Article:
The above dedication sits on the first page of a new book celebrating eighty years of commercial success called Poma: 80 Years of Ropeways from Mountains to Cities. The 190-page work, written by Béatrice Méténier and Christian Bouvier, looks back at the firm’s more than 8,000 ropeway installations from the mountains of France to Colorado, South America and beyond.
A skier at heart, Jean Pomagalski installed his first surface lift in 1934 at Alpe d’Huez. He constructed it mostly out of wood and with a used Ford motor. After building three additional tows, Mr. Pomagalski had himself a company and filed a patent in 1936 for a “carrying device hauled by a rope moving at a constant speed.” After a break for Wold War II, Pomagalski S.A. grew to 15 employees by 1953. Even so, Mr. Pomagalski still found himself simultaneously a salesman, surveyor, designer and builder of lifts that were sent off as kits for installation by customers. The company’s first chairlift, a single-seater, debuted in 1955 near Chamonix.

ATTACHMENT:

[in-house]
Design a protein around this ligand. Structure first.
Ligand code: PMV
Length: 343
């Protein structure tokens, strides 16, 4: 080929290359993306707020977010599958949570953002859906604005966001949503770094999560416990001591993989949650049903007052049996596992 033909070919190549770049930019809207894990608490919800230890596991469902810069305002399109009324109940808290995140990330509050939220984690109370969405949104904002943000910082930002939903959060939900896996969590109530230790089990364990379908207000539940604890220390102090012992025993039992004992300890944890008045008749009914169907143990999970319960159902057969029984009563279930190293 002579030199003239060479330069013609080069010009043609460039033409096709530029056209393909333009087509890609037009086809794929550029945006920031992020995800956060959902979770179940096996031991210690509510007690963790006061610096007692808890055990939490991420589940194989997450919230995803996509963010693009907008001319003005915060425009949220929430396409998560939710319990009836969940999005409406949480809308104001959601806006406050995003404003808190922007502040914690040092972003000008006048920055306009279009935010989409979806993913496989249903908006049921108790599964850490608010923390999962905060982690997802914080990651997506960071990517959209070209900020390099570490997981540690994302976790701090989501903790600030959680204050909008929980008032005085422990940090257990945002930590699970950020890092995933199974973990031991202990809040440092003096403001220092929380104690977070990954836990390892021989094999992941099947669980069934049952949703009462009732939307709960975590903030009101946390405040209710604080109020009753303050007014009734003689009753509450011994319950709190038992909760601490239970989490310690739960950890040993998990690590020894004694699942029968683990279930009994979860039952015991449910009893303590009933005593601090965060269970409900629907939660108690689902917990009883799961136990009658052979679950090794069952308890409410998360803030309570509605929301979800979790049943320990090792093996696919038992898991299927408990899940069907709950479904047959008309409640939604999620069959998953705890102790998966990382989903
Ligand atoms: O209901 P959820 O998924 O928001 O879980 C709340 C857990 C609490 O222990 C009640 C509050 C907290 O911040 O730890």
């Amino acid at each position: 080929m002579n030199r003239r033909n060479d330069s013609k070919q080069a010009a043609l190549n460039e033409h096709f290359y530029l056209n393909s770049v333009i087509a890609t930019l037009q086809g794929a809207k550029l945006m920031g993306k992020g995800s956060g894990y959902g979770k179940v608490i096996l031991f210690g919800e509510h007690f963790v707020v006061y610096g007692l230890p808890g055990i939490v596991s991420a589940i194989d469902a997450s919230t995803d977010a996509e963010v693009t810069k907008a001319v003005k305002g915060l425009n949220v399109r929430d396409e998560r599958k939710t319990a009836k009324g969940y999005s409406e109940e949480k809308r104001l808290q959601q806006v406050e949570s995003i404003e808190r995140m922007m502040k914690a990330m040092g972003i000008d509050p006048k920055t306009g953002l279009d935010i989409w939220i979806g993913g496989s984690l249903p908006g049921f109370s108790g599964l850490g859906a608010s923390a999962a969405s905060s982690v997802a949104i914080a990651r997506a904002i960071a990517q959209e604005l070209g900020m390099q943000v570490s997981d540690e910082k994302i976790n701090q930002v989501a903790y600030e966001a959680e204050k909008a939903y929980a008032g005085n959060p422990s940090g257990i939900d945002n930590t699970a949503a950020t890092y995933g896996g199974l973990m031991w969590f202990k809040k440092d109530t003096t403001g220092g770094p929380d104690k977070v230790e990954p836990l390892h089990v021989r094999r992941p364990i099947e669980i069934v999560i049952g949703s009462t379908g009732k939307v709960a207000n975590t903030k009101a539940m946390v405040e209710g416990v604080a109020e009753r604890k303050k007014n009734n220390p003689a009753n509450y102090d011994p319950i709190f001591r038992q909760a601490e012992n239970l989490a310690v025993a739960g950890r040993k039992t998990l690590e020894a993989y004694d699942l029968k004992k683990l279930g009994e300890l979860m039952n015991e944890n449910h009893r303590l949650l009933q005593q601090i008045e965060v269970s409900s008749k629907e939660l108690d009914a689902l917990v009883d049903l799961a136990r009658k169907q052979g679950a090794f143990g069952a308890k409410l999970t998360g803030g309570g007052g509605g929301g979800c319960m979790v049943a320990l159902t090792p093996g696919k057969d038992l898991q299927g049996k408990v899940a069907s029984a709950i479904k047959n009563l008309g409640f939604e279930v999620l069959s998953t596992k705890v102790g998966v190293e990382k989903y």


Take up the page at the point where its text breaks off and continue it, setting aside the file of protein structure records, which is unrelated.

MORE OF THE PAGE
By 1958, Pomagalski was selling 120 lifts a year, many of them to customers in the United States and Canada. Mr. Pomagalski decided to drop the latter part of his name from the company’s in 1965 to better appeal to English-speaking clients. Poma delivered its first gondola systems simultaneously in 1966 at Queenstown, New Zealand and Val d’Isère, France. A small new company called Sigma Plastiques provided the egg-shaped cabins. Poma trusted Sigma again the next year for the world’s first gondola with automatic doors and the rest is history.